The biaxial testing and ultrasound scanning were performed using a procedure based on a previous study [15]. Experimental setup for biaxial testing combined with 3D ultrasound scanning is shown in Fig 1A. A commercial biaxial tester (BioTester, CellScale, Waterloo, ON, Canada) was used with simultaneous ultrasound imaging via a 30-MHz linear array transducer (MS400, VisualSonics, Toronto, ON, Canada) connected to a high-frequency ultrasound system (Vevo 2100, VisualSonics). Each B-scan cross-sectional image recorded had 784 axial samples over a distance of 12 mm and 444 lateral scan lines over a distance of 13.36 mm. The transducer has an axial resolution of 50 μm and lateral resolution of 110 μm. The linear array transducer was mounted onto a linear translational stage (Vevo Integrated Rail System, VisualSonics) to scan the elevational direction for 3D volumetric ultrasound images. A total of 39 cross-sectional imaging planes spaced by 0.102 mm were acquired.

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Fig 1.

(A) Experimental setup for biaxial testing combined with 3D ultrasound scanning. X: lateral, Y: elevational (scanning), Z: axial (ultrasound propagation) direction of the ultrasound transducer. Note that the 3D speckle tracking and the displacement/strain estimation follow this coordinate. (B) The excised section of right ventricular free wall (RVFW) for biaxial testing. X: cross-preferred (circumferential) direction; Y: apex-to-outflow-tract (longitudinal) direction. Note that the X and Y in ultrasound transducer coordinate and the RVFW sample coordinate match respectively.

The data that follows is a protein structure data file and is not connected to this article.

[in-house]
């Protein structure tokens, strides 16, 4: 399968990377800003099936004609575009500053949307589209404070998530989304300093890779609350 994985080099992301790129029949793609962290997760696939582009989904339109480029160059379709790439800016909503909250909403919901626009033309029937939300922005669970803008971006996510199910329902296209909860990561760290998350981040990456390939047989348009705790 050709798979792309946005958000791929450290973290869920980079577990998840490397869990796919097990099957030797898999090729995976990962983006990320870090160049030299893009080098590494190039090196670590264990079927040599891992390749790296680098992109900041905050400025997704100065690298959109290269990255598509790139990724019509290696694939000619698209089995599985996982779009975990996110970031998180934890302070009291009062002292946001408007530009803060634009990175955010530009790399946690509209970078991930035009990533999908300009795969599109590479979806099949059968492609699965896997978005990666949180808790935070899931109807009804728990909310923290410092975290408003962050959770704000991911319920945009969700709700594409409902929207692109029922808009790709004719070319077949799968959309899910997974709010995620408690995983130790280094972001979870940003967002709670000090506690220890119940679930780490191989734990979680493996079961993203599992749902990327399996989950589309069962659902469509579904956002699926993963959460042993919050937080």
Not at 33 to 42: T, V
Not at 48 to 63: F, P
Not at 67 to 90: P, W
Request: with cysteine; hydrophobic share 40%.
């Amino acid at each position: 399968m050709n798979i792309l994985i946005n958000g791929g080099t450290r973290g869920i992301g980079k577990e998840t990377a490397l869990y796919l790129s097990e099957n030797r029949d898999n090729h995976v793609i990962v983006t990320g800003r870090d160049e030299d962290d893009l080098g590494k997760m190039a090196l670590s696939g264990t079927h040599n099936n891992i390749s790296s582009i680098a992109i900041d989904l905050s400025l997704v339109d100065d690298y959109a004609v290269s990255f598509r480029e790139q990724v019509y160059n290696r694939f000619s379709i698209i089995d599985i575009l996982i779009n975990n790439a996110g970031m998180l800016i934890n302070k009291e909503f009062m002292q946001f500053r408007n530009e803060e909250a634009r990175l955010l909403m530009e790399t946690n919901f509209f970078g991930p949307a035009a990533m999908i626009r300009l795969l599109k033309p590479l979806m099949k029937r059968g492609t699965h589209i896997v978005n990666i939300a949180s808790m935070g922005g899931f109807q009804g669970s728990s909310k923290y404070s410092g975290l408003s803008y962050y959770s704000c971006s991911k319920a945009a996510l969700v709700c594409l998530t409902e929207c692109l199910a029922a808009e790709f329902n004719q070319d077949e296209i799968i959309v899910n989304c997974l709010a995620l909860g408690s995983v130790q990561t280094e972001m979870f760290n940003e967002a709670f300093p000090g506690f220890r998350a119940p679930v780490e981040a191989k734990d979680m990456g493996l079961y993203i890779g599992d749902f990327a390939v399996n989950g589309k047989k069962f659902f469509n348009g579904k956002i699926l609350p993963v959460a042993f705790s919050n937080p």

https://doi.org/10.1371/journal.pone.0165320.g001

Fig 1B shows the location and the orientation of the excised section of RVFW for biaxial testing; X: cross-preferred direction; Y: apex-to-outflow-tract direction. The sample was mounted onto the biaxial tester via small metal hooks such that the apex-base axis of the myocardium was aligned with the elevational axis (Y) of the ultrasound-biaxial experimental setup, the medial-lateral axis of the myocardium was aligned with the lateral axis (X) of the setup, while the trans-luminal axis of the myocardium was aligned with the axial axis (Z) of the setup.

After applying a mild preload of 3 mN, preconditioning was performed by stretching with strain rate of 1%/s from this initial condition to the highest stretch level for three cycles. Since each 3D ultrasound volume scan took approximately 4 sec and a quasi-static biaxial testing protocol was necessary, the sample was stretched to consecutively higher stretch levels with strain rate of 1%/s and the sample was held stationary for 6 sec at each stretch level during ultrasound imaging. Between stretches, the sample was maintained to the stretch-free state for 6 sec to alleviate stress relaxation effects. The biaxial test was performed twice on the same sample using different loading conditions based on previous established dual-loading protocol [15] to facilitate fitting of a material model to the ultrasound-biaxial test data. Note that the peak stretch level was set to be within the range of cardiac strain (12%–22%) so that the mechanical properties and fiber orientations are not altered after biaxial testing [17].